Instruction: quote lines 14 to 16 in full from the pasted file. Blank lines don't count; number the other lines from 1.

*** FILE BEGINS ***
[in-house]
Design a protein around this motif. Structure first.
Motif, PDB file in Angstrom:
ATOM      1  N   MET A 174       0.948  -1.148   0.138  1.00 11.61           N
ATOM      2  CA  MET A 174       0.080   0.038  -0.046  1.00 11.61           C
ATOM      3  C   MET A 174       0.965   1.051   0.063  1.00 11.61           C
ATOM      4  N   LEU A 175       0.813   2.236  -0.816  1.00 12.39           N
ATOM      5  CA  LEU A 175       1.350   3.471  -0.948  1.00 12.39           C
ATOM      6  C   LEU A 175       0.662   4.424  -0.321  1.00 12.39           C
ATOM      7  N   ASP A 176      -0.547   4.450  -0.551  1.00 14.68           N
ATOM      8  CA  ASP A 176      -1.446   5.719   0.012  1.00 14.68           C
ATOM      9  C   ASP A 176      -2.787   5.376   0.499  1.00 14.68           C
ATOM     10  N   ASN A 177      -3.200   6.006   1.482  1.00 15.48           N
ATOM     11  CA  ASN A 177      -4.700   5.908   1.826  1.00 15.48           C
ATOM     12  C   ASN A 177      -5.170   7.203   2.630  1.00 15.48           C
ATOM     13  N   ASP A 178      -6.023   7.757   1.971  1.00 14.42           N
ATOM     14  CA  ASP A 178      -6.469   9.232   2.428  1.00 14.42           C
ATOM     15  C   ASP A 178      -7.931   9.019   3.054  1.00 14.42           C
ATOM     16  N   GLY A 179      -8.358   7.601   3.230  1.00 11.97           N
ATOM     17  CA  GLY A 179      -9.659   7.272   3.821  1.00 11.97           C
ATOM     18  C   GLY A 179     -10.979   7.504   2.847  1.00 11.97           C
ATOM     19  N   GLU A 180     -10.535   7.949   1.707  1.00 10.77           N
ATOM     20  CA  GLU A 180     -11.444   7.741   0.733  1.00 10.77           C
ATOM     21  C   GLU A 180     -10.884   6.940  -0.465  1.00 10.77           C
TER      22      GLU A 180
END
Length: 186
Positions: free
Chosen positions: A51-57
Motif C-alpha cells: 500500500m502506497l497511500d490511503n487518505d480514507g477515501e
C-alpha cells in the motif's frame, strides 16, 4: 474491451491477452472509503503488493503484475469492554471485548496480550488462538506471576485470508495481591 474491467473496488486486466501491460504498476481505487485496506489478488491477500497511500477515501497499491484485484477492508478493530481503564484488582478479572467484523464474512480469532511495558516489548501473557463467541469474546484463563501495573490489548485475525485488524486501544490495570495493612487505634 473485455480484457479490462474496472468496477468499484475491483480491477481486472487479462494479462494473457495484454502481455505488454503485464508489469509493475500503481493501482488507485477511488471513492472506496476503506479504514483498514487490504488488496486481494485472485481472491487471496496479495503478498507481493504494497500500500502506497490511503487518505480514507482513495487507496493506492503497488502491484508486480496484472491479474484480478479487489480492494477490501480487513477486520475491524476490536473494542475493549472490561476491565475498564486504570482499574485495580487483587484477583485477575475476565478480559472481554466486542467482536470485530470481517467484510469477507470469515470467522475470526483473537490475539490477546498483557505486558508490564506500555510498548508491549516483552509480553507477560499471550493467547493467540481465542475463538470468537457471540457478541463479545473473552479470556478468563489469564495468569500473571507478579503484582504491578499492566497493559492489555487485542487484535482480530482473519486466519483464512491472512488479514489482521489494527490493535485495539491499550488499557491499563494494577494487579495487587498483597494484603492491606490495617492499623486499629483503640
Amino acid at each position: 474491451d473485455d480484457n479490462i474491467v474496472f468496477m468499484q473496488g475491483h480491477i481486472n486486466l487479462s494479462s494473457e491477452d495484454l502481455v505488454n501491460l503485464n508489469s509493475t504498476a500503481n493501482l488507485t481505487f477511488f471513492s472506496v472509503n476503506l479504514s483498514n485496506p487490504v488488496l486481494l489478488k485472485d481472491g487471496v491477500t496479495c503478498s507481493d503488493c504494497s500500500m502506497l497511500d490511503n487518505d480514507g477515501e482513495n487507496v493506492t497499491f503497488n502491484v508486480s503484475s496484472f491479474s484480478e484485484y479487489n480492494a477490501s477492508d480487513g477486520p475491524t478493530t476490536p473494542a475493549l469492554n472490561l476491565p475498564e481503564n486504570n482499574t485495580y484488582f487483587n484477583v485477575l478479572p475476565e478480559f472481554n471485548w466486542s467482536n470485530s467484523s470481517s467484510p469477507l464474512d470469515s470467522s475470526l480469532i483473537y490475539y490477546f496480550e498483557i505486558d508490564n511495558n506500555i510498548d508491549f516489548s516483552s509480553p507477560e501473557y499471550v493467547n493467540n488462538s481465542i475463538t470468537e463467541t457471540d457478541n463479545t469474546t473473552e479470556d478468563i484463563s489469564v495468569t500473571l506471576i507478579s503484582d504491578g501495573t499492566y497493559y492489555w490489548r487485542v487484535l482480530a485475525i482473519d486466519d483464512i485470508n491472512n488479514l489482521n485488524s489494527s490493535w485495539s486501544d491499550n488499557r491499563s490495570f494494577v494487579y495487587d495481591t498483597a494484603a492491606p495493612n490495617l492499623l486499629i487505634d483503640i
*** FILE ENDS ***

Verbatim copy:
ATOM     11  CA  ASN A 177      -4.700   5.908   1.826  1.00 15.48           C
ATOM     12  C   ASN A 177      -5.170   7.203   2.630  1.00 15.48           C
ATOM     13  N   ASP A 178      -6.023   7.757   1.971  1.00 14.42           N